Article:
Ancient Egypt (5550 BC to 33 BC). The jewels in style were the ones depicting scarabs, scrolls, flowers, birds, jackals, antelopes, tigers, etc. The jewels typically worn were pendants, amulets, necklaces, collars, bracelets, rings, all kinds of hair ornaments, ankle bracelets, diadems, breastplates and distinctive brooches. Especially regarded were the precious stones topaz, turquoise, amethyst, chalcedony and the semi-precious lapis lazuli.
Ancient Mesopotamia (2750 BC to 1500 BC). Jewels during this era were in the shape of leaves, grapes, cones and spirals; the stones mostly used were agate, jasper, lapis lazuli and carnelian.
Ancient China (2200 BC to 300 BC). Ancient Chinese were admirers of jade and diamonds. The most popular motives in jewelry were scrolls, flowers, turtles, dragons and phoenix, portrayed on diadems, rings and seals, pendants, hair ornaments and accessories, forehead coins, bracelets and so on.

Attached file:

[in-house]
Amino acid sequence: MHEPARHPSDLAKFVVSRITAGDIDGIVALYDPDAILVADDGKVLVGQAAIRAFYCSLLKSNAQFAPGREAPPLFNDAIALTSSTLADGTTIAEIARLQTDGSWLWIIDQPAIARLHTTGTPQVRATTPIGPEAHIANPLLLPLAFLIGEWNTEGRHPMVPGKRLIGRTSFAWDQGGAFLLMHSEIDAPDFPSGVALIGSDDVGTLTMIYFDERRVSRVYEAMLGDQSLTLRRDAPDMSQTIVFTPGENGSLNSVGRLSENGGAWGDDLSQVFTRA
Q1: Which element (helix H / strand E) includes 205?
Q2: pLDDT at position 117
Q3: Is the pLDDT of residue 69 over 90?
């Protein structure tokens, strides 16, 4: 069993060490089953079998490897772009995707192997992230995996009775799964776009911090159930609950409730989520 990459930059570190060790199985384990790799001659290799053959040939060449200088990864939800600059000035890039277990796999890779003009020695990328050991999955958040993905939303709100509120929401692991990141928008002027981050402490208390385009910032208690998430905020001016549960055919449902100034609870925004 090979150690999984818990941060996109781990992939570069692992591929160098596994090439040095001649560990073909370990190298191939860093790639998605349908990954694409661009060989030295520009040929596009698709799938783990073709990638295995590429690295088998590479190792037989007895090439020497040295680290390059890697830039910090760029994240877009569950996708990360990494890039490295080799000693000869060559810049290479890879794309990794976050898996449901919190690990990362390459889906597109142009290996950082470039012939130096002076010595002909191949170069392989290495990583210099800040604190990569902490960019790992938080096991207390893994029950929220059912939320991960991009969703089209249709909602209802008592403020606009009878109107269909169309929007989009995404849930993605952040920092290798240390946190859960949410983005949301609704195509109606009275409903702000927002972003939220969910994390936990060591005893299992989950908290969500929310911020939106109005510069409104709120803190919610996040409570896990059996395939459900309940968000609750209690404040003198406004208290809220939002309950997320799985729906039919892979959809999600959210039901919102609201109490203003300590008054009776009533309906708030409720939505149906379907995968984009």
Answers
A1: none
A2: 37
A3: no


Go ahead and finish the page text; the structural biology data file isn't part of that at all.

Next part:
Ancient Greece (1400 BC to 30 BC). Helenians preferred jewels in the shapes of animals and shells and their favorite gems were amethyst, garnet, chalcedony, carnelian and pearls.
Ancient Rome (500 BC to 400 AD). The most widely preferred jewels were seal rings, amulets and talismans, depicting snakes and animals. Popular were also brooches, rings, necklaces, bracelets and earrings. The gems most appealing to Romans were sapphire, emerald, garnet, amber, pearls, diamonds and topaz.
Middle Ages (1066 to 1485 AD). The strict laws of this period defined who can and cannot wear jewelry. The ornaments were a privilege most of the rich, who preferred jewels with religious motives made out of precious or semi-precious stones such as sapphires, diamonds, emeralds, pearls and rubies.